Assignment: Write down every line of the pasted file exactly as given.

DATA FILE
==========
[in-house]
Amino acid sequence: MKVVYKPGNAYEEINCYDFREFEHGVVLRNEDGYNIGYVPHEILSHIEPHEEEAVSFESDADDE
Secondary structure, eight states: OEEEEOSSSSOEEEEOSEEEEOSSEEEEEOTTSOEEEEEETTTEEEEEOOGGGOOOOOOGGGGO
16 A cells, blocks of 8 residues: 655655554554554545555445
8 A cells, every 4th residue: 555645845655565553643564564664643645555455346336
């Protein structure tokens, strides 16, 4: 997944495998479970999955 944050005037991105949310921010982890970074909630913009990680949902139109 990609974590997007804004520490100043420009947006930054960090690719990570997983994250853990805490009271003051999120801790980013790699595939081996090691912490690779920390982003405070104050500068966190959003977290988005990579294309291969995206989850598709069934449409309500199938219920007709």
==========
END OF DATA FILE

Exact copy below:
[in-house]
Amino acid sequence: MKVVYKPGNAYEEINCYDFREFEHGVVLRNEDGYNIGYVPHEILSHIEPHEEEAVSFESDADDE
Secondary structure, eight states: OEEEEOSSSSOEEEEOSEEEEOSSEEEEEOTTSOEEEEEETTTEEEEEOOGGGOOOOOOGGGGO
16 A cells, blocks of 8 residues: 655655554554554545555445
8 A cells, every 4th residue: 555645845655565553643564564664643645555455346336
């Protein structure tokens, strides 16, 4: 997944495998479970999955 944050005037991105949310921010982890970074909630913009990680949902139109 990609974590997007804004520490100043420009947006930054960090690719990570997983994250853990805490009271003051999120801790980013790699595939081996090691912490690779920390982003405070104050500068966190959003977290988005990579294309291969995206989850598709069934449409309500199938219920007709």